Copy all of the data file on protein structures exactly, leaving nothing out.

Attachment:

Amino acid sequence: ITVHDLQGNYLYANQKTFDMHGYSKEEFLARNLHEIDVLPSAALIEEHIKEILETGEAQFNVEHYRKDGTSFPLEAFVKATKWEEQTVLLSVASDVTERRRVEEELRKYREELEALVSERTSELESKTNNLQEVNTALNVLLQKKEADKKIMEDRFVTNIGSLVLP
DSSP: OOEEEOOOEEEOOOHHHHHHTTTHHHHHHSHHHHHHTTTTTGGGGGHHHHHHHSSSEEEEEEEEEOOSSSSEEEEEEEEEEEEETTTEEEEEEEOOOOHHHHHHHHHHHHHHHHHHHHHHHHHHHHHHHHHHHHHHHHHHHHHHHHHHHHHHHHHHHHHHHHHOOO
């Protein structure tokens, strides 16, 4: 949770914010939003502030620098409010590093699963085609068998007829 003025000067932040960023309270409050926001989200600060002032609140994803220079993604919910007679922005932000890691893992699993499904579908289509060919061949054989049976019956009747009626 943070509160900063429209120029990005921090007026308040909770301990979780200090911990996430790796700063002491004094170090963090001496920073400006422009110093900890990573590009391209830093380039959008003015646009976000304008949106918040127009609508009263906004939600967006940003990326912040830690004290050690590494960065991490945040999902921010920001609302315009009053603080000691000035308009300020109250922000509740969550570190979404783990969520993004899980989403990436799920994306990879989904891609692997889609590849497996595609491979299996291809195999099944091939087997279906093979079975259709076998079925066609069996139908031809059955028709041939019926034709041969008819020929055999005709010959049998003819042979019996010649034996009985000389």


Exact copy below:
Amino acid sequence: ITVHDLQGNYLYANQKTFDMHGYSKEEFLARNLHEIDVLPSAALIEEHIKEILETGEAQFNVEHYRKDGTSFPLEAFVKATKWEEQTVLLSVASDVTERRRVEEELRKYREELEALVSERTSELESKTNNLQEVNTALNVLLQKKEADKKIMEDRFVTNIGSLVLP
DSSP: OOEEEOOOEEEOOOHHHHHHTTTHHHHHHSHHHHHHTTTTTGGGGGHHHHHHHSSSEEEEEEEEEOOSSSSEEEEEEEEEEEEETTTEEEEEEEOOOOHHHHHHHHHHHHHHHHHHHHHHHHHHHHHHHHHHHHHHHHHHHHHHHHHHHHHHHHHHHHHHHHHOOO
């Protein structure tokens, strides 16, 4: 949770914010939003502030620098409010590093699963085609068998007829 003025000067932040960023309270409050926001989200600060002032609140994803220079993604919910007679922005932000890691893992699993499904579908289509060919061949054989049976019956009747009626 943070509160900063429209120029990005921090007026308040909770301990979780200090911990996430790796700063002491004094170090963090001496920073400006422009110093900890990573590009391209830093380039959008003015646009976000304008949106918040127009609508009263906004939600967006940003990326912040830690004290050690590494960065991490945040999902921010920001609302315009009053603080000691000035308009300020109250922000509740969550570190979404783990969520993004899980989403990436799920994306990879989904891609692997889609590849497996595609491979299996291809195999099944091939087997279906093979079975259709076998079925066609069996139908031809059955028709041939019926034709041969008819020929055999005709010959049998003819042979019996010649034996009985000389």